by Ted Gargiulo — Signals are crucial to our wellbeing. They govern our decisions, tell us when to go, when to slow down, when to swerve to avoid a disaster, when to desist from making a bad situation worse. It behooves us, therefore, to recognize them and (hopefully) learn from them.
Take business etiquette, for example. An experienced job applicant watches for signs. When the interviewer stands and extends his hand, it means the interview is over. That’s the applicant’s cue to rise as well, shake the person’s hand, and bring his business spiel to a tidy conclusion. He’s knows (or he ought to) that forcing the conversation into double overtime after the meeting has officially ended will NOT win him additional points, and may, in fact, cost him what few he’s already earned. Some believe that dogged persistence shows strength of character and opens doors. However, unless you’re super confident or super motivated (I’m neither), your safest bet is to follow protocol and mind your manners. When it’s time to leave, LEAVE! If you’ve made a good impression, maybe someone will invite you back. Simple enough.
In matters of romance, the same basic principles apply, but they’re often more difficult to discern, still harder to accept.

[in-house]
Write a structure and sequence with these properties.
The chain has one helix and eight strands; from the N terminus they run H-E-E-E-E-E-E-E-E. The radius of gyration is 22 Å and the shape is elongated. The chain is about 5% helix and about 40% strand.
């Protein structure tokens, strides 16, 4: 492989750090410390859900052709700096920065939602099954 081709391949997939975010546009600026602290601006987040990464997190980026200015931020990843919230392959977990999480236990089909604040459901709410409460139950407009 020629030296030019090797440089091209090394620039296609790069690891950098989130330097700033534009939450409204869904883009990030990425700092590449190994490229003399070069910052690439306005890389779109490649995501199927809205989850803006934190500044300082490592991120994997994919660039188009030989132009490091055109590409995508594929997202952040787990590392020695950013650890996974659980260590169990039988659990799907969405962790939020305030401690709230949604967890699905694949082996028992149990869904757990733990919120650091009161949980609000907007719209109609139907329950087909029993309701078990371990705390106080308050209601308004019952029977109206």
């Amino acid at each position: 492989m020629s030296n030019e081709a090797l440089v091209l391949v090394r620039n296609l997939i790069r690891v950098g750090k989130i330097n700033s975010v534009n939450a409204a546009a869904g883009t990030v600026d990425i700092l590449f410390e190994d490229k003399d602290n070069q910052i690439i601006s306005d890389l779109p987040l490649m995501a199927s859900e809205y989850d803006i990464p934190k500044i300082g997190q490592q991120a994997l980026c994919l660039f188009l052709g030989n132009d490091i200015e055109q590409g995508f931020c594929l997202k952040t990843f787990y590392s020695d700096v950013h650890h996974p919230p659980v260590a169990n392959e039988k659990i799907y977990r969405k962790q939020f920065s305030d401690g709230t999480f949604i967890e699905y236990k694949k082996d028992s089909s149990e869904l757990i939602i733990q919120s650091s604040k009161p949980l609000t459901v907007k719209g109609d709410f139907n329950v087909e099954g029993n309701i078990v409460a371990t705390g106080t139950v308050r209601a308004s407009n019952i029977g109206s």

Case in point: When the girl you’ve travelled a great distance to see, a girl you thought was nuts about you, spends half the weekend with her hair rolled in soup cans, and the other half yakking on the phone to another guy, you can pretty well figure, if you have any sense, that the affair, relationship, or whatever fascination she once had for you, is over. Turning a blind eye while you’re being dumped on only invites further abuse. A third party observer would advise you to walk. And if you wish to maintain your self-respect, you’d do so without whining. To stubbornly appeal to the girl’s kinder nature at this point, or demand that she come to her senses and acknowledge the colossal injustice she’s perpetrating, is crass and undignified.
Once you see that a “position” has been filled, or that you’ve been replaced by an applicant, or suitor, worthier than yourself, that’s your signal to make like a dog and “BOW-OUT.” Failure to do so when your time is up is tantamount to leaving the job interviewer standing by the door with his hand outstretched, while you rattle on about your qualifications. Not cool!
Listen: Parking your sorry, dejected butt in the threshold when a door is closing will NOT reinstate you into anyone’s affections. I learned that the hard way, so let me make this easier for you. Don’t play the chump. Don’t overstay your welcome. If you’re as special as you want people to think you are, they might just ask you back—unless you give them reason not to. If they don’t, bid them “Ta-ta!” and be gone.
When the future Mrs. G. graced my life 40 years ago, everything changed. For once, I understood what real love was all about. I began putting childish things away, clearing my cache of old habits, embracing happiness instead of defeat, even learning to like myself. Suffice it to say, I’ve long since purged all associations with my past. And that insensitive fool who ran my life has never darkened anyone’s threshold again.